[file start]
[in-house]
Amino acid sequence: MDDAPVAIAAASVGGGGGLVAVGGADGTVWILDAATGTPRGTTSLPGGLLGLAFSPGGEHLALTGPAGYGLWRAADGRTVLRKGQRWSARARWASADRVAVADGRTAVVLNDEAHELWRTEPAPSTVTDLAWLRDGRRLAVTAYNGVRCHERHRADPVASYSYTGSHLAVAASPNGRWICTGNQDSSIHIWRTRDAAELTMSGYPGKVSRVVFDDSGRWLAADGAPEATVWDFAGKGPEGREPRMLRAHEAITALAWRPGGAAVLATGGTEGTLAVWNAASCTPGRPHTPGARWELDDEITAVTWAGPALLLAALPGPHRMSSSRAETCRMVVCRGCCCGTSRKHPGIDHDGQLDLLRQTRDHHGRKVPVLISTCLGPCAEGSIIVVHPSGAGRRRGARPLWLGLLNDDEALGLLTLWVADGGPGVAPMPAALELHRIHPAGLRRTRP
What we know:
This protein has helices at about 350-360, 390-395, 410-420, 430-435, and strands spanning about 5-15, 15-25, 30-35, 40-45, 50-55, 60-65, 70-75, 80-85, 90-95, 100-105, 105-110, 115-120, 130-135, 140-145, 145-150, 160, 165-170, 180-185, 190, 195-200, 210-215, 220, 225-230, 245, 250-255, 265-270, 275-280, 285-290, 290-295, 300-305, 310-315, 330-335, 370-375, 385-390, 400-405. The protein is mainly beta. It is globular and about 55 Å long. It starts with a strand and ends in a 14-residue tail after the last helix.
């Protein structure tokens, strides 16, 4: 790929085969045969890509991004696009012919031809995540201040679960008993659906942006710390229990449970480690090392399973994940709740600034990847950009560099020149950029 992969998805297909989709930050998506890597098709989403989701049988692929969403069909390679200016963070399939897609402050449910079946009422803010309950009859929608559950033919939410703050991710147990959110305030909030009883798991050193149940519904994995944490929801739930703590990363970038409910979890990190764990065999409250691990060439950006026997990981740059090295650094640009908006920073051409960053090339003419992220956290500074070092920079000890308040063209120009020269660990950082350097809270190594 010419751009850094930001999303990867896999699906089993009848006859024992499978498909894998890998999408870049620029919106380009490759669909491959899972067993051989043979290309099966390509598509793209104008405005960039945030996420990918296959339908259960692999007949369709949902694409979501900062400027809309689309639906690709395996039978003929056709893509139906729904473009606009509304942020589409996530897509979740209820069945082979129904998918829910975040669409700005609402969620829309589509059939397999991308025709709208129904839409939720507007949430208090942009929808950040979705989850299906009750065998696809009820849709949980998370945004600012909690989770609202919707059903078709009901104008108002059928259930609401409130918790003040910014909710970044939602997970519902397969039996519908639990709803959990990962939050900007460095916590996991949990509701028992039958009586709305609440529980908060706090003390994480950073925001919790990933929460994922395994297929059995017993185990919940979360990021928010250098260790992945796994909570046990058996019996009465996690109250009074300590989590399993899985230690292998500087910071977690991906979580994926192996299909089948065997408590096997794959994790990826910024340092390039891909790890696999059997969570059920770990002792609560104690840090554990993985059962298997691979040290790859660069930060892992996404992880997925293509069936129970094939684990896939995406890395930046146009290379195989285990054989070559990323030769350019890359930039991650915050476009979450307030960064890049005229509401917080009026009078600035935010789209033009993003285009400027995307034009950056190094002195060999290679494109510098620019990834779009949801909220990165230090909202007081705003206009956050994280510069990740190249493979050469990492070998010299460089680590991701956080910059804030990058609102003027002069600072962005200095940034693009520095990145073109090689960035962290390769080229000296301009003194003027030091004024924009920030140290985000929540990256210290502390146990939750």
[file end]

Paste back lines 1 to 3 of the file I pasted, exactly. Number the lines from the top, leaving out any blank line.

[in-house]
Amino acid sequence: MDDAPVAIAAASVGGGGGLVAVGGADGTVWILDAATGTPRGTTSLPGGLLGLAFSPGGEHLALTGPAGYGLWRAADGRTVLRKGQRWSARARWASADRVAVADGRTAVVLNDEAHELWRTEPAPSTVTDLAWLRDGRRLAVTAYNGVRCHERHRADPVASYSYTGSHLAVAASPNGRWICTGNQDSSIHIWRTRDAAELTMSGYPGKVSRVVFDDSGRWLAADGAPEATVWDFAGKGPEGREPRMLRAHEAITALAWRPGGAAVLATGGTEGTLAVWNAASCTPGRPHTPGARWELDDEITAVTWAGPALLLAALPGPHRMSSSRAETCRMVVCRGCCCGTSRKHPGIDHDGQLDLLRQTRDHHGRKVPVLISTCLGPCAEGSIIVVHPSGAGRRRGARPLWLGLLNDDEALGLLTLWVADGGPGVAPMPAALELHRIHPAGLRRTRP
What we know: